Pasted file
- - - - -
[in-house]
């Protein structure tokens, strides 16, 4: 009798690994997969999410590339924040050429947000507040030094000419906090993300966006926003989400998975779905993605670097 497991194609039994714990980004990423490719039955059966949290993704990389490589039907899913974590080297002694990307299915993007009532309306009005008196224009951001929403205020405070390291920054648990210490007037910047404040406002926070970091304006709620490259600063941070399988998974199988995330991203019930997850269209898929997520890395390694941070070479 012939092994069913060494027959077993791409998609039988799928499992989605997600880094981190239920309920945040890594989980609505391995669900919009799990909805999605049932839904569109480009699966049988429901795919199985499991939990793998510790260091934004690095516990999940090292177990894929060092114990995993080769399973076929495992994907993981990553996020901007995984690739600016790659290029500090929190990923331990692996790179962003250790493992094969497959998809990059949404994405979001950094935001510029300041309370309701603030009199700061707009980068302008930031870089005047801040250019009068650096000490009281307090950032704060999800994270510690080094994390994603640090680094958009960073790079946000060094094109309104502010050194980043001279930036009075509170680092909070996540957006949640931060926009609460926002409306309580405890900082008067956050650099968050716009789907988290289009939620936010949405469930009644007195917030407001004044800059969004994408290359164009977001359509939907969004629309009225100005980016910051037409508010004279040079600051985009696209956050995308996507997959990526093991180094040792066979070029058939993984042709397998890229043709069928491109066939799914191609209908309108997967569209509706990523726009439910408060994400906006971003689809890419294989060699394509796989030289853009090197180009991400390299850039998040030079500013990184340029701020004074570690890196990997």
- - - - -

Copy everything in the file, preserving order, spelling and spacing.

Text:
[in-house]
């Protein structure tokens, strides 16, 4: 009798690994997969999410590339924040050429947000507040030094000419906090993300966006926003989400998975779905993605670097 497991194609039994714990980004990423490719039955059966949290993704990389490589039907899913974590080297002694990307299915993007009532309306009005008196224009951001929403205020405070390291920054648990210490007037910047404040406002926070970091304006709620490259600063941070399988998974199988995330991203019930997850269209898929997520890395390694941070070479 012939092994069913060494027959077993791409998609039988799928499992989605997600880094981190239920309920945040890594989980609505391995669900919009799990909805999605049932839904569109480009699966049988429901795919199985499991939990793998510790260091934004690095516990999940090292177990894929060092114990995993080769399973076929495992994907993981990553996020901007995984690739600016790659290029500090929190990923331990692996790179962003250790493992094969497959998809990059949404994405979001950094935001510029300041309370309701603030009199700061707009980068302008930031870089005047801040250019009068650096000490009281307090950032704060999800994270510690080094994390994603640090680094958009960073790079946000060094094109309104502010050194980043001279930036009075509170680092909070996540957006949640931060926009609460926002409306309580405890900082008067956050650099968050716009789907988290289009939620936010949405469930009644007195917030407001004044800059969004994408290359164009977001359509939907969004629309009225100005980016910051037409508010004279040079600051985009696209956050995308996507997959990526093991180094040792066979070029058939993984042709397998890229043709069928491109066939799914191609209908309108997967569209509706990523726009439910408060994400906006971003689809890419294989060699394509796989030289853009090197180009991400390299850039998040030079500013990184340029701020004074570690890196990997």